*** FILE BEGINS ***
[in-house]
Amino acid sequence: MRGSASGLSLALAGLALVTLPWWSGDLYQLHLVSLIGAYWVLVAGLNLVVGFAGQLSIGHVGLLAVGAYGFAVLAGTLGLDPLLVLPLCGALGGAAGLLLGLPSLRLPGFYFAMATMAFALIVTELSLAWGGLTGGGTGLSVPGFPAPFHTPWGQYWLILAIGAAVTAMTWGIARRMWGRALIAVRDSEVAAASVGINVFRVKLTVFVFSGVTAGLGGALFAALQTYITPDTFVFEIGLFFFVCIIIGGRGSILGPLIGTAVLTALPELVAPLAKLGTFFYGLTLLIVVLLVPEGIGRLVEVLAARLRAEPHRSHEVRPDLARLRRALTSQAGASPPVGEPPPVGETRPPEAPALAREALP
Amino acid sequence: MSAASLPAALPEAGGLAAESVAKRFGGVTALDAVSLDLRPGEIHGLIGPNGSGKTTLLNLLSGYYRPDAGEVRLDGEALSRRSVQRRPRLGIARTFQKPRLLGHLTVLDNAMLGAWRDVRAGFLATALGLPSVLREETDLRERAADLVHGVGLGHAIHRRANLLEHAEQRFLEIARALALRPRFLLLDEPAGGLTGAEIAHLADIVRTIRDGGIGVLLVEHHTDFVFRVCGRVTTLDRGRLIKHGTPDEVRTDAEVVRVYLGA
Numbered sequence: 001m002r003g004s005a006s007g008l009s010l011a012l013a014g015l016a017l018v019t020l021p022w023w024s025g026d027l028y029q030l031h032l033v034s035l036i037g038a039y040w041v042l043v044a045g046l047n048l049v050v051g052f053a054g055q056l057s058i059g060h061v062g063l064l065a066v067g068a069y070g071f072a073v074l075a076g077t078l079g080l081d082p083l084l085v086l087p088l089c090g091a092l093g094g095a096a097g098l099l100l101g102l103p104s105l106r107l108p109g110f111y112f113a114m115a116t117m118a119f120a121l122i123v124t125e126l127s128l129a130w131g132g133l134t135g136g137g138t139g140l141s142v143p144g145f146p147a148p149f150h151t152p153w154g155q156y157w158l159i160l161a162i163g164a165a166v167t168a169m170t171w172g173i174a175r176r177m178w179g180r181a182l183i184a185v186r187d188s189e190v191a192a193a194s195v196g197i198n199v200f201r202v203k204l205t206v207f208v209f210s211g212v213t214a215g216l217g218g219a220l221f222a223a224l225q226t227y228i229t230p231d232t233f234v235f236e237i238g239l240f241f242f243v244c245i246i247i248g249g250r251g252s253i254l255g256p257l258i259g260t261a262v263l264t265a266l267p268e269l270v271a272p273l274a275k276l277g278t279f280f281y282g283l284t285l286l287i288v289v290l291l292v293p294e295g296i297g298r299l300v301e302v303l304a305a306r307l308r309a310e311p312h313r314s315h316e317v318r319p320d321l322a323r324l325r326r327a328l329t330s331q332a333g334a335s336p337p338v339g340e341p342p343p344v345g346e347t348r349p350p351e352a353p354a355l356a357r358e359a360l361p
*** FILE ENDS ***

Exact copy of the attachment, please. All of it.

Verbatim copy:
[in-house]
Amino acid sequence: MRGSASGLSLALAGLALVTLPWWSGDLYQLHLVSLIGAYWVLVAGLNLVVGFAGQLSIGHVGLLAVGAYGFAVLAGTLGLDPLLVLPLCGALGGAAGLLLGLPSLRLPGFYFAMATMAFALIVTELSLAWGGLTGGGTGLSVPGFPAPFHTPWGQYWLILAIGAAVTAMTWGIARRMWGRALIAVRDSEVAAASVGINVFRVKLTVFVFSGVTAGLGGALFAALQTYITPDTFVFEIGLFFFVCIIIGGRGSILGPLIGTAVLTALPELVAPLAKLGTFFYGLTLLIVVLLVPEGIGRLVEVLAARLRAEPHRSHEVRPDLARLRRALTSQAGASPPVGEPPPVGETRPPEAPALAREALP
Amino acid sequence: MSAASLPAALPEAGGLAAESVAKRFGGVTALDAVSLDLRPGEIHGLIGPNGSGKTTLLNLLSGYYRPDAGEVRLDGEALSRRSVQRRPRLGIARTFQKPRLLGHLTVLDNAMLGAWRDVRAGFLATALGLPSVLREETDLRERAADLVHGVGLGHAIHRRANLLEHAEQRFLEIARALALRPRFLLLDEPAGGLTGAEIAHLADIVRTIRDGGIGVLLVEHHTDFVFRVCGRVTTLDRGRLIKHGTPDEVRTDAEVVRVYLGA
Numbered sequence: 001m002r003g004s005a006s007g008l009s010l011a012l013a014g015l016a017l018v019t020l021p022w023w024s025g026d027l028y029q030l031h032l033v034s035l036i037g038a039y040w041v042l043v044a045g046l047n048l049v050v051g052f053a054g055q056l057s058i059g060h061v062g063l064l065a066v067g068a069y070g071f072a073v074l075a076g077t078l079g080l081d082p083l084l085v086l087p088l089c090g091a092l093g094g095a096a097g098l099l100l101g102l103p104s105l106r107l108p109g110f111y112f113a114m115a116t117m118a119f120a121l122i123v124t125e126l127s128l129a130w131g132g133l134t135g136g137g138t139g140l141s142v143p144g145f146p147a148p149f150h151t152p153w154g155q156y157w158l159i160l161a162i163g164a165a166v167t168a169m170t171w172g173i174a175r176r177m178w179g180r181a182l183i184a185v186r187d188s189e190v191a192a193a194s195v196g197i198n199v200f201r202v203k204l205t206v207f208v209f210s211g212v213t214a215g216l217g218g219a220l221f222a223a224l225q226t227y228i229t230p231d232t233f234v235f236e237i238g239l240f241f242f243v244c245i246i247i248g249g250r251g252s253i254l255g256p257l258i259g260t261a262v263l264t265a266l267p268e269l270v271a272p273l274a275k276l277g278t279f280f281y282g283l284t285l286l287i288v289v290l291l292v293p294e295g296i297g298r299l300v301e302v303l304a305a306r307l308r309a310e311p312h313r314s315h316e317v318r319p320d321l322a323r324l325r326r327a328l329t330s331q332a333g334a335s336p337p338v339g340e341p342p343p344v345g346e347t348r349p350p351e352a353p354a355l356a357r358e359a360l361p